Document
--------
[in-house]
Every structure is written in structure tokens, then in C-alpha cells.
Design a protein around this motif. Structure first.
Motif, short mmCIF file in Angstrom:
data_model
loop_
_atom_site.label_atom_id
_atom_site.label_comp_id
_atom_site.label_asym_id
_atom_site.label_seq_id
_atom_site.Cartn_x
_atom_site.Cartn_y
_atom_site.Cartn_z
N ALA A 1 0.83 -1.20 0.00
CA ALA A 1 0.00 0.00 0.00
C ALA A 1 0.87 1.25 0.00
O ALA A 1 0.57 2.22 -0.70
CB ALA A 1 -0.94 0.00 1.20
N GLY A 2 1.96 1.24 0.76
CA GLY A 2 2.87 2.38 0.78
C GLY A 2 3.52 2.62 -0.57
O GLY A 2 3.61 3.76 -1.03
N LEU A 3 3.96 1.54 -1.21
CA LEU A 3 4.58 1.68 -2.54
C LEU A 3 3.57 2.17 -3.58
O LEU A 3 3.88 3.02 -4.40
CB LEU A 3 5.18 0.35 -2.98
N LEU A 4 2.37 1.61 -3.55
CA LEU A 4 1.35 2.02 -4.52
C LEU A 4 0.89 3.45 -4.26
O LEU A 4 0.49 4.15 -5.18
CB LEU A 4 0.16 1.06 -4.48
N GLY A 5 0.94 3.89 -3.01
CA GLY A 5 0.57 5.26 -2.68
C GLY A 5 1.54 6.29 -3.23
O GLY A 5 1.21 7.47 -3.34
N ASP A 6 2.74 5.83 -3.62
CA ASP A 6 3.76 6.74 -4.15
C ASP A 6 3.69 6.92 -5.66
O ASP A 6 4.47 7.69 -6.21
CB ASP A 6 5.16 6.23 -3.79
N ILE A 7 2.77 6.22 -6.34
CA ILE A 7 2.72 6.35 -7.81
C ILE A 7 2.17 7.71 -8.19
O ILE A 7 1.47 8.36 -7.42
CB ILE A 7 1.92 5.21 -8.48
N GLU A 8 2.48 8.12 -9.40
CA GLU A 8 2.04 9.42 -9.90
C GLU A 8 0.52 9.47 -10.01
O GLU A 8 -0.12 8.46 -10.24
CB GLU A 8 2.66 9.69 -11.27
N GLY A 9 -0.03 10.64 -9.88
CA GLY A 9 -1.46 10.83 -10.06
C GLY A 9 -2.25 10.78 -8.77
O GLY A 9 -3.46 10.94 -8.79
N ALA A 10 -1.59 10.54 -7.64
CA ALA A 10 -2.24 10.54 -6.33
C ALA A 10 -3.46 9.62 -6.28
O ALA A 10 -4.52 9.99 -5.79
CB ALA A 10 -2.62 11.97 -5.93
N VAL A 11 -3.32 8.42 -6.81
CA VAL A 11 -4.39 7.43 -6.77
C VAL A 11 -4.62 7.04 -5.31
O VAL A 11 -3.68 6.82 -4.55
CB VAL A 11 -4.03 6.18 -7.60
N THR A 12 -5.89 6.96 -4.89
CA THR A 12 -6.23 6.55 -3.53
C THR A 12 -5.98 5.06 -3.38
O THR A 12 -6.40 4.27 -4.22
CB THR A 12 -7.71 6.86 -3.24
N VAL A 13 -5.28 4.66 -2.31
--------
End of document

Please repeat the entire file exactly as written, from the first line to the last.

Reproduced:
[in-house]
Every structure is written in structure tokens, then in C-alpha cells.
Design a protein around this motif. Structure first.
Motif, short mmCIF file in Angstrom:
data_model
loop_
_atom_site.label_atom_id
_atom_site.label_comp_id
_atom_site.label_asym_id
_atom_site.label_seq_id
_atom_site.Cartn_x
_atom_site.Cartn_y
_atom_site.Cartn_z
N ALA A 1 0.83 -1.20 0.00
CA ALA A 1 0.00 0.00 0.00
C ALA A 1 0.87 1.25 0.00
O ALA A 1 0.57 2.22 -0.70
CB ALA A 1 -0.94 0.00 1.20
N GLY A 2 1.96 1.24 0.76
CA GLY A 2 2.87 2.38 0.78
C GLY A 2 3.52 2.62 -0.57
O GLY A 2 3.61 3.76 -1.03
N LEU A 3 3.96 1.54 -1.21
CA LEU A 3 4.58 1.68 -2.54
C LEU A 3 3.57 2.17 -3.58
O LEU A 3 3.88 3.02 -4.40
CB LEU A 3 5.18 0.35 -2.98
N LEU A 4 2.37 1.61 -3.55
CA LEU A 4 1.35 2.02 -4.52
C LEU A 4 0.89 3.45 -4.26
O LEU A 4 0.49 4.15 -5.18
CB LEU A 4 0.16 1.06 -4.48
N GLY A 5 0.94 3.89 -3.01
CA GLY A 5 0.57 5.26 -2.68
C GLY A 5 1.54 6.29 -3.23
O GLY A 5 1.21 7.47 -3.34
N ASP A 6 2.74 5.83 -3.62
CA ASP A 6 3.76 6.74 -4.15
C ASP A 6 3.69 6.92 -5.66
O ASP A 6 4.47 7.69 -6.21
CB ASP A 6 5.16 6.23 -3.79
N ILE A 7 2.77 6.22 -6.34
CA ILE A 7 2.72 6.35 -7.81
C ILE A 7 2.17 7.71 -8.19
O ILE A 7 1.47 8.36 -7.42
CB ILE A 7 1.92 5.21 -8.48
N GLU A 8 2.48 8.12 -9.40
CA GLU A 8 2.04 9.42 -9.90
C GLU A 8 0.52 9.47 -10.01
O GLU A 8 -0.12 8.46 -10.24
CB GLU A 8 2.66 9.69 -11.27
N GLY A 9 -0.03 10.64 -9.88
CA GLY A 9 -1.46 10.83 -10.06
C GLY A 9 -2.25 10.78 -8.77
O GLY A 9 -3.46 10.94 -8.79
N ALA A 10 -1.59 10.54 -7.64
CA ALA A 10 -2.24 10.54 -6.33
C ALA A 10 -3.46 9.62 -6.28
O ALA A 10 -4.52 9.99 -5.79
CB ALA A 10 -2.62 11.97 -5.93
N VAL A 11 -3.32 8.42 -6.81
CA VAL A 11 -4.39 7.43 -6.77
C VAL A 11 -4.62 7.04 -5.31
O VAL A 11 -3.68 6.82 -4.55
CB VAL A 11 -4.03 6.18 -7.60
N THR A 12 -5.89 6.96 -4.89
CA THR A 12 -6.23 6.55 -3.53
C THR A 12 -5.98 5.06 -3.38
O THR A 12 -6.40 4.27 -4.22
CB THR A 12 -7.71 6.86 -3.24
N VAL A 13 -5.28 4.66 -2.31